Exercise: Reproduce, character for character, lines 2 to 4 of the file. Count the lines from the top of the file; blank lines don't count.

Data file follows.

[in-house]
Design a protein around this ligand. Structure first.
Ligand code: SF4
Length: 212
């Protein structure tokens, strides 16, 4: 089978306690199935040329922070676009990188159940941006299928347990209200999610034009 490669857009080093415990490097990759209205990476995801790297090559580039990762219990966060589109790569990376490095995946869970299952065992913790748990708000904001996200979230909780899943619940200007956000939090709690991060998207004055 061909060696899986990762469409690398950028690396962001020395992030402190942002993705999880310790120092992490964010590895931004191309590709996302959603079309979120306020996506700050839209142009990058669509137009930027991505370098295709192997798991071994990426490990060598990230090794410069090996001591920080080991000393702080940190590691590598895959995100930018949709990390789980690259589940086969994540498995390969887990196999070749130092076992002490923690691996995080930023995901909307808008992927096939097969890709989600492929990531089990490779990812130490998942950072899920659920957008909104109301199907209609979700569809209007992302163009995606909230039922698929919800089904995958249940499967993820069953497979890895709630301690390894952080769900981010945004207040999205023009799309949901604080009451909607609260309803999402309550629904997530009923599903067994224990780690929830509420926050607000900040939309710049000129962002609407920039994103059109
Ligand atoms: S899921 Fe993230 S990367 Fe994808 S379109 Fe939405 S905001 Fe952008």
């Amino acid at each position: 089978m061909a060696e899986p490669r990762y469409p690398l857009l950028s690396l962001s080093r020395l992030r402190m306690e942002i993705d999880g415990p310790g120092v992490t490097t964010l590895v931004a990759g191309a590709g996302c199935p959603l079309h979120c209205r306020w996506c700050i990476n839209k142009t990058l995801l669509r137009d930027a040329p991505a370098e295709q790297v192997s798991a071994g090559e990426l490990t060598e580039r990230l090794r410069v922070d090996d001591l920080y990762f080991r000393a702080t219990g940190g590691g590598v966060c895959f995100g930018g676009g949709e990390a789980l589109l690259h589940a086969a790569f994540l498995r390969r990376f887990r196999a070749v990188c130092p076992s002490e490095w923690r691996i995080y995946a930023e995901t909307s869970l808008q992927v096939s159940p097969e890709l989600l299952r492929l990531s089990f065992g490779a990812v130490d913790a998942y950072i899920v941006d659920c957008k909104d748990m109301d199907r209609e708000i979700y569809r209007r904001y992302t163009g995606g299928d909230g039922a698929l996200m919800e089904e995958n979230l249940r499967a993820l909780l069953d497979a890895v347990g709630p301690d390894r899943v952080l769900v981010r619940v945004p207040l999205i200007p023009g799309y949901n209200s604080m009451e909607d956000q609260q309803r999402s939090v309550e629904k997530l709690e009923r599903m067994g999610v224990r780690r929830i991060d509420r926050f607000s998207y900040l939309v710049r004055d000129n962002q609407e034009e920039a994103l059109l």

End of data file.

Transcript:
Design a protein around this ligand. Structure first.
Ligand code: SF4
Length: 212